A new study shows, perhaps unsurprisingly, that people are more likely to drink to excess during recessions. And the most educated, richest people are most likely to overindulge.
According to EurekAlert, the study authors looked at data from 2001 to 2005 and concluded that alcohol abuse — measured by binge drinking, drunk driving, and alcoholism — goes up as the economy tanks. And it's not just jobless people who are affected — people who still have their jobs are also more likely to binge drink or drive drunk. Says study author Michael T. French, "The way we explain this is even though employed individuals have a job, they could be affected psychologically (e.g., fear of losing their job) from an economic downturn, leading them to have more drinking days and driving under the influence episodes as the State-level unemployment rate increases."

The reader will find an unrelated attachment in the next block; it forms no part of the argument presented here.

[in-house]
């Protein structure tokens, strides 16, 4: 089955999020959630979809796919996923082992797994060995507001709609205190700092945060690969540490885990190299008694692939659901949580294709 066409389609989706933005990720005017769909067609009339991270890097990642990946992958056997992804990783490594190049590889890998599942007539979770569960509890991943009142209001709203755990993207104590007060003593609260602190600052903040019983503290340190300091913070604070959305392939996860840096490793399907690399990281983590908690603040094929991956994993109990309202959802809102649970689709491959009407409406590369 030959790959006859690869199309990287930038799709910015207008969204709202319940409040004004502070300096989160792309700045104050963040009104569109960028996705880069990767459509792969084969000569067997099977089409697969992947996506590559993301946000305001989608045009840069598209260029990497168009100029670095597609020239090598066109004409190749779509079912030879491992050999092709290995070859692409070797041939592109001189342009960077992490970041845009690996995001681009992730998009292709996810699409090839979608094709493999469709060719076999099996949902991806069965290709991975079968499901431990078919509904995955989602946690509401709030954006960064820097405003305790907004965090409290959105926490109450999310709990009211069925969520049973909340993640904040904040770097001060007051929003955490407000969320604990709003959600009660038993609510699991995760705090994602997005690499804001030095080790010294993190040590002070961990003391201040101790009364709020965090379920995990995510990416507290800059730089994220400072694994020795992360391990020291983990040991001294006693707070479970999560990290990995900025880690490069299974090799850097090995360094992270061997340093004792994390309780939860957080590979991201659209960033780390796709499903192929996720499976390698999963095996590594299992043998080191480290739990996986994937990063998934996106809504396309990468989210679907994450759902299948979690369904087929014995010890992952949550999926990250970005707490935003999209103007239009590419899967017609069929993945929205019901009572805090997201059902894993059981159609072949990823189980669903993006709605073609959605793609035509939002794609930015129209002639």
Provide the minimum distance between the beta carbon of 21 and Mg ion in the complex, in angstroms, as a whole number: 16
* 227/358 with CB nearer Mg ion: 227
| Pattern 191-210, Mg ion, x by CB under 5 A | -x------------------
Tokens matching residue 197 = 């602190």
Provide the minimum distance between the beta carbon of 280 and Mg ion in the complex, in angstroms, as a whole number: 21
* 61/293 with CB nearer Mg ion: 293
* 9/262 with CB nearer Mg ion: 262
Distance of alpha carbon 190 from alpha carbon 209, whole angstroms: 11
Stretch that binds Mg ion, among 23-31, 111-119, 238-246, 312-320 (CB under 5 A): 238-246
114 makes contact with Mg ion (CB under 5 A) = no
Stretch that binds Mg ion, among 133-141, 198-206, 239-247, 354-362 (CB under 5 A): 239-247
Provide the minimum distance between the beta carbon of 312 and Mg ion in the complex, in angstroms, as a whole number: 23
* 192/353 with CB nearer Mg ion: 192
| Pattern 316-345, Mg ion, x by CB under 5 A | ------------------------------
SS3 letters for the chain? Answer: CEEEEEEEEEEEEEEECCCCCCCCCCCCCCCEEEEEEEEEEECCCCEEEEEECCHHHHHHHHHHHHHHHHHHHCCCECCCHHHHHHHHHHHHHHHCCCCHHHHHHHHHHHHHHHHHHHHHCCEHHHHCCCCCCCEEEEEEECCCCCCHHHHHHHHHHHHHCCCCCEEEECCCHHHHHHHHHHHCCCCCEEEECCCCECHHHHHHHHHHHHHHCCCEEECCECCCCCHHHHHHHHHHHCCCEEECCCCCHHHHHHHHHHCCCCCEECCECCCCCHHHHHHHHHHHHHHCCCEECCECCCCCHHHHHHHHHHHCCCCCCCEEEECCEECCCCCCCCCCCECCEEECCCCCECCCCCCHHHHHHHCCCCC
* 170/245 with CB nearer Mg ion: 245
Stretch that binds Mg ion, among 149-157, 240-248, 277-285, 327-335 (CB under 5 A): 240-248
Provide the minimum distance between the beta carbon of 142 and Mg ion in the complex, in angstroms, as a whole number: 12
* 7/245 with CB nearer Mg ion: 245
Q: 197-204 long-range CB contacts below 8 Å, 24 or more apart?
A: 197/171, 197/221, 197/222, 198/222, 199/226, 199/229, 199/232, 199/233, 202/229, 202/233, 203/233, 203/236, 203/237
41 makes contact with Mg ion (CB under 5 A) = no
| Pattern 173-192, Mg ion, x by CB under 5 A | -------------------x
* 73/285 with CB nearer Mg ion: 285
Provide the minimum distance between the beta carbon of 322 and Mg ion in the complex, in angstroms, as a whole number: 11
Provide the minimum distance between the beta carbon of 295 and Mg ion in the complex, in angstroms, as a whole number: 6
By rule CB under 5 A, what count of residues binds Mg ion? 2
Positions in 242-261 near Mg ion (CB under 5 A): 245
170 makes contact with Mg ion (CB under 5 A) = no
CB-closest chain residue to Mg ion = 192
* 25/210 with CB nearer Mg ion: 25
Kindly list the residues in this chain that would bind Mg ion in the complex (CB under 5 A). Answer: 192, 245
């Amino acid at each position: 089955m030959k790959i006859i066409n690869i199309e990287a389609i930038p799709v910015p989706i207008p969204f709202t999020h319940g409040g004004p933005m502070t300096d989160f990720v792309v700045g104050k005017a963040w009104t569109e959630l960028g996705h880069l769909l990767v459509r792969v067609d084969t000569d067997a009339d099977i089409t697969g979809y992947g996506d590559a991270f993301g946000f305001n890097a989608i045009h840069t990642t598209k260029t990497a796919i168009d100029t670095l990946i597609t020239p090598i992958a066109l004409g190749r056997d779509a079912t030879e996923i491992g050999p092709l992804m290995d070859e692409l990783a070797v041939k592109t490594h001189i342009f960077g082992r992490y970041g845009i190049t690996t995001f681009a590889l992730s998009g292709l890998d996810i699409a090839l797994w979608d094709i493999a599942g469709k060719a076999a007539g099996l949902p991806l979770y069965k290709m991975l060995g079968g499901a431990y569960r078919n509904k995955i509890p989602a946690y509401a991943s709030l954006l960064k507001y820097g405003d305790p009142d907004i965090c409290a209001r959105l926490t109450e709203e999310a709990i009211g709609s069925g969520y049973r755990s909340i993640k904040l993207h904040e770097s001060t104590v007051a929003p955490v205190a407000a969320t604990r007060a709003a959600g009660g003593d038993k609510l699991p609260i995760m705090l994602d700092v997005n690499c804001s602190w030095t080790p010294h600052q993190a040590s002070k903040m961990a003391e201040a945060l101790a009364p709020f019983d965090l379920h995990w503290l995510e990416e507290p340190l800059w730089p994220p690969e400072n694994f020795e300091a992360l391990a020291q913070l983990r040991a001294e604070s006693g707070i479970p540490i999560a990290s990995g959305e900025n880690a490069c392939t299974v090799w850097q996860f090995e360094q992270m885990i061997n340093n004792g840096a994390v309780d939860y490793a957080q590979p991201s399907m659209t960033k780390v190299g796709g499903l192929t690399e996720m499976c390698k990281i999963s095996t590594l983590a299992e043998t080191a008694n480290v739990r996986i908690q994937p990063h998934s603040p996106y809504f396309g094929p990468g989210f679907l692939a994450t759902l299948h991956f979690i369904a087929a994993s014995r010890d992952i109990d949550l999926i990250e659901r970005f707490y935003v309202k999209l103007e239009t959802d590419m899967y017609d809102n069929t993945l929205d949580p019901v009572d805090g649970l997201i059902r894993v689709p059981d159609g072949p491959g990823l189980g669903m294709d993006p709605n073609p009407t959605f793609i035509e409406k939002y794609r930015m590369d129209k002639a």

So economic downturns stress out even people with jobs, causing them to drink away their jitters? Sounds about right. This is interesting, though: people with the highest incomes and education levels are actually most likely to binge-drink during a recession. It's unclear why this is — maybe they just have the money to buy booze. Whatever the cause, it's clear that recessions hit people all the way up the economic ladder — if not in their wallets, then in their livers.
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